81% of Federal Government Websites Have Implemented HTTPS

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3 Years After the Obama Administration Directive, 19% of the Websites are Yet to Comply

On June 8, 2015 the White House Office of Management and Budget (OMB) issued the HTTPS-Only Standard directive, which required that all publicly accessible Federal government websites and services must be served via secure HTTPS connection.

Unencrypted HTTP connections create a vulnerability and expose potentially sensitive information about users of unencrypted Federal websites and services. This data can include browser identity, website content, search terms, and other user-submitted information. To address these concerns, many commercial organizations have already adopted HTTPS-only policies to protect visitors to their websites and services. Today’s action will deliver that same protection to users of Federal websites and services. Click here if you want to learn more about the differences between HTTP and HTTPS.

The HTTPS-only Standard Directive gave federal websites until December 31, 2016 to comply.

Checking in On Compliance

Nearly 15 months later, almost 20% of public-facing Federal Government websites still aren’t being served securely.

Govt Sites Pie Chart

Source: https://jsfiddle.net/gvpoxcgx/1/

This data is based on checking 1,147 websites operated by Federal government agencies to determine if they serve their homepage over HTTPS by default.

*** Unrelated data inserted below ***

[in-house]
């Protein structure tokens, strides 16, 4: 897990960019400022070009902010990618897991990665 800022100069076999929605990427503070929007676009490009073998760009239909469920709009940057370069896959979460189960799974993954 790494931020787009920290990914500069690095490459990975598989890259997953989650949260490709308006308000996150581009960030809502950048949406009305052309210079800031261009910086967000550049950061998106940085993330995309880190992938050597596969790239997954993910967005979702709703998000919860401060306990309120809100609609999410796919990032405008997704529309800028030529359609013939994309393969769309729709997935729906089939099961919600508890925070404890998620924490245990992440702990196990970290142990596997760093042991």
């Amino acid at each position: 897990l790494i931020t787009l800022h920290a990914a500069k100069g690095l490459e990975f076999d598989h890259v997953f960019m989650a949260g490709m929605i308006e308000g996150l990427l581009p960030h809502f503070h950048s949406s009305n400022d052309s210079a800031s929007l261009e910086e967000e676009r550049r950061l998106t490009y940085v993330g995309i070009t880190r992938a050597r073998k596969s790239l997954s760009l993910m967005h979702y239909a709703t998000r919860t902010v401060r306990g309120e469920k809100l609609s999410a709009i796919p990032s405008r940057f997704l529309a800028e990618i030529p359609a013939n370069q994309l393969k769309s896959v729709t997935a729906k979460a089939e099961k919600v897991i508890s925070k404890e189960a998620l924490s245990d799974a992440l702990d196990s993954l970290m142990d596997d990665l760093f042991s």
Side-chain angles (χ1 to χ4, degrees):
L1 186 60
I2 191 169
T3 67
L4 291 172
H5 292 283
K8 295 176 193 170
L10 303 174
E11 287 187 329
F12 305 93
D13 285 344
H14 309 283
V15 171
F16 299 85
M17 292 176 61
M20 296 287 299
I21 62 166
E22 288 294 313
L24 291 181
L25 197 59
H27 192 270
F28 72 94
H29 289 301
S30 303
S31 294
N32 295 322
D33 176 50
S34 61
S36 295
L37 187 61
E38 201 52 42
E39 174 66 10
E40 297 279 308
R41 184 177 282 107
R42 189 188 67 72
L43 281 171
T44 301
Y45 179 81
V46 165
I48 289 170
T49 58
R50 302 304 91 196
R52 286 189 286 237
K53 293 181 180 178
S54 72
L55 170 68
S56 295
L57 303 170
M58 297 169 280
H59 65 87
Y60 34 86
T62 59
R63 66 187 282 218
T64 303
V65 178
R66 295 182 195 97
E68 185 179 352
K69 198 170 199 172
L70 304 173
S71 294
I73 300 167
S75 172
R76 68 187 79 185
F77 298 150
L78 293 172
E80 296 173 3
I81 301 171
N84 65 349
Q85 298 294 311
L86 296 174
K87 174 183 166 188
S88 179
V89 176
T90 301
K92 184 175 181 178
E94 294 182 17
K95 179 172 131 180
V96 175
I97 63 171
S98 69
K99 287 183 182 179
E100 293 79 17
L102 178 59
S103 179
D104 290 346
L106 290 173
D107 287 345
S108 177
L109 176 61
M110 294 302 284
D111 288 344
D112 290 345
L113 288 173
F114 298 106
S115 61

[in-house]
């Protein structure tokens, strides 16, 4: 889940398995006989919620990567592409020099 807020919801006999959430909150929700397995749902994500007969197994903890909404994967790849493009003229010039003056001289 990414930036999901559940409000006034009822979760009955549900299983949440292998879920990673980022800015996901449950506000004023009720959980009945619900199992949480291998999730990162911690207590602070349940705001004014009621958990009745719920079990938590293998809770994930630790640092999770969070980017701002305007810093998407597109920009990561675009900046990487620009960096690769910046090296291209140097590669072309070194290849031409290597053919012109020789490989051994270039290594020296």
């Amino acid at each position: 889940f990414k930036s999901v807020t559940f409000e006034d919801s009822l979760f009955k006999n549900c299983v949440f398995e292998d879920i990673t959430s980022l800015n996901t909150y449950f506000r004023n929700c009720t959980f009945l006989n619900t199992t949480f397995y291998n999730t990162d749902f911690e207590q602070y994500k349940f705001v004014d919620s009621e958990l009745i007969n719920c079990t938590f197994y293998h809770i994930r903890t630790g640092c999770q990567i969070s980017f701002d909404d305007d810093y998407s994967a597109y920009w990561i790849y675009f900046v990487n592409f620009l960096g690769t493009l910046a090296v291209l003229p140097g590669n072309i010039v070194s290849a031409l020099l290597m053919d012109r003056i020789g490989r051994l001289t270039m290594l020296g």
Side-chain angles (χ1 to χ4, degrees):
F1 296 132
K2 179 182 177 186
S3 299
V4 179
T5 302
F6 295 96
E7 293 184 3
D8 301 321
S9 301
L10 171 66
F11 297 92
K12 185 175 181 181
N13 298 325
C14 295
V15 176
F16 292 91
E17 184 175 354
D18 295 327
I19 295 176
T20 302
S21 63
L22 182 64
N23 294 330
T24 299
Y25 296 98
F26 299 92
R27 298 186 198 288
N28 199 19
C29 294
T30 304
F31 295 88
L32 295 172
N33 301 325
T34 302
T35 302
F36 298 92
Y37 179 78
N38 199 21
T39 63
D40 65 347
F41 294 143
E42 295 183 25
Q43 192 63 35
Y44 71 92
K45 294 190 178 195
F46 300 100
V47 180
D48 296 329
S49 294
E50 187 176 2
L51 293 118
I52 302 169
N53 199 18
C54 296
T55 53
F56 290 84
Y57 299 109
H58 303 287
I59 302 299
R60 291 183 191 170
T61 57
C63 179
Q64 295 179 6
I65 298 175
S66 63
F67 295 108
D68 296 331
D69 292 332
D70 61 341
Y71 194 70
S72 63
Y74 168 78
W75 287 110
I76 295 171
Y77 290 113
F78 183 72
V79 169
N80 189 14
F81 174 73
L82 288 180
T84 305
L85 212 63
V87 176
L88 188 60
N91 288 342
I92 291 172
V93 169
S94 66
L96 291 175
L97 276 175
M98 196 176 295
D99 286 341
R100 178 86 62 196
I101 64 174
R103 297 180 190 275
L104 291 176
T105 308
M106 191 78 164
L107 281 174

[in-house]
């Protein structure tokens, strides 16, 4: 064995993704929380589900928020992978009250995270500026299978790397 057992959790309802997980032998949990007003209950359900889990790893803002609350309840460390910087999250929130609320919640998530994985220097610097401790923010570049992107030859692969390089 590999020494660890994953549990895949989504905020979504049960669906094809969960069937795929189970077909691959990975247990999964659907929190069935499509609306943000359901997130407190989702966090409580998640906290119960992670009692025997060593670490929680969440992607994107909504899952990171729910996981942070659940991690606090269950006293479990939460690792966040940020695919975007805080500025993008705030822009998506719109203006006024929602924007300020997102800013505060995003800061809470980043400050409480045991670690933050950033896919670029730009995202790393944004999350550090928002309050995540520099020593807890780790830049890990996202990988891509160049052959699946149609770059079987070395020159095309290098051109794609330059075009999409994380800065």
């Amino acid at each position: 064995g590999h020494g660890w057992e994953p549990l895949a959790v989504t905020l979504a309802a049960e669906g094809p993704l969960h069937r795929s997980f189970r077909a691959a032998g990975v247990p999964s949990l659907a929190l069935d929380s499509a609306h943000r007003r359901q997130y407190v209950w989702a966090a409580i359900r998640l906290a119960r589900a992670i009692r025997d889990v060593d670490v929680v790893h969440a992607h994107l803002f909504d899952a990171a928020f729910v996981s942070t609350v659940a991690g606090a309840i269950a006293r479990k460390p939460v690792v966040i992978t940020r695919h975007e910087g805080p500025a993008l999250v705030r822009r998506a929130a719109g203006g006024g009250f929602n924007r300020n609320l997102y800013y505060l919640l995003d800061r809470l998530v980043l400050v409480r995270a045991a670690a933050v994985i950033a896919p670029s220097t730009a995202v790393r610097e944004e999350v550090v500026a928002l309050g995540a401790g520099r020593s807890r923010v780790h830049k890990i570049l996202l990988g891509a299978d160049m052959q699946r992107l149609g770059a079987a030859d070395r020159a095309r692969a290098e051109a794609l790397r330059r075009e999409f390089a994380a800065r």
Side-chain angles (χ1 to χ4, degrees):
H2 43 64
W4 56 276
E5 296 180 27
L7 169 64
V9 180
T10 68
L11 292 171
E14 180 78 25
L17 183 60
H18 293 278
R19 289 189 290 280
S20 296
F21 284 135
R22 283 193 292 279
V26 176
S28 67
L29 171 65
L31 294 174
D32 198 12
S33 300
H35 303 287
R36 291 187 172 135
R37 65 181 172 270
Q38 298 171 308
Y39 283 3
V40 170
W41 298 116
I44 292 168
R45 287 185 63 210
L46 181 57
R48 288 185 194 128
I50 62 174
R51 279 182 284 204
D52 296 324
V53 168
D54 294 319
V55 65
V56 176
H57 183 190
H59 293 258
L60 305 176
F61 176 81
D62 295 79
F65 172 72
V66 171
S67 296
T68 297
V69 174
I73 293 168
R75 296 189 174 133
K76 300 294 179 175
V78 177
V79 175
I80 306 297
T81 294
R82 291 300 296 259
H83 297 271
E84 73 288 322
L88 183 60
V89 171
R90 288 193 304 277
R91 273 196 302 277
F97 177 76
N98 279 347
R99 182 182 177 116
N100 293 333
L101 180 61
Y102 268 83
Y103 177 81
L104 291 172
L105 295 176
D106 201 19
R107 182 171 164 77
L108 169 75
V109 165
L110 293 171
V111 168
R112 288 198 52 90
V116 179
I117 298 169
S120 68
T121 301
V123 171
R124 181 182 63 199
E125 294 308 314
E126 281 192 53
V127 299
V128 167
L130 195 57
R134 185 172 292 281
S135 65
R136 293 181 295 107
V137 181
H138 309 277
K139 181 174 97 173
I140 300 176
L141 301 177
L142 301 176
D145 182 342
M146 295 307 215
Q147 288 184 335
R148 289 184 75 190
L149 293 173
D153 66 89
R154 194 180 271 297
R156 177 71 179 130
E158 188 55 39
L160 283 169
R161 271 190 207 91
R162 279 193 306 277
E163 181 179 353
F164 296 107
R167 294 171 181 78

How do federal government websites compare to the top 1,000 websites on the internet? Here’s HTTPS adoption data we collected by checking the top 1,000 sites (ranked by number of monthly visitors in the US):

Protocol Details Top 1000

Adoption of HTTPS by Federal government sites is slightly higher than the overall top 1,000 websites in the US.


The unsecure web is built on HTTP, or hypertext transfer protocol, a nearly 20-year-old protocol that facilitates communication between web browsers and the servers that host the websites they visit.

Unfortunately, HTTP is not secure, meaning any data transferred over to protocol is sent in plain-text and can be easily intercepted and stolen or manipulated by anyone with the wherewithal to do so (roughly any middle schooler with an internet connection and YouTube). In technical terminologies, this is called a ‘man-in-the-middle’ attack.

This is why you’re seeing a universal push for websites to install SSL certificates and migrate to HTTPS. An SSL certificate authenticates a web server and facilitates encrypted communication (if you want to dig deep into what these certificates are and what they do, here’s an excellent post for you).

HTTPS only guarantees the integrity of the connection between two systems, not the systems themselves. It is not designed to protect a web server from being hacked or compromised, or to prevent the web service from exposing user information during its normal operation. An HTTPS-only standard, however, will eliminate inconsistent, subjective decision-making regarding which content or browsing activity is sensitive in nature, and create a stronger privacy standard government-wide.

Depending on your outlook on life, the glass is either 80% full or a fifth empty—not to be confused with an empty fifth, which would make telling the difference between HTTP and HTTPS much harder.

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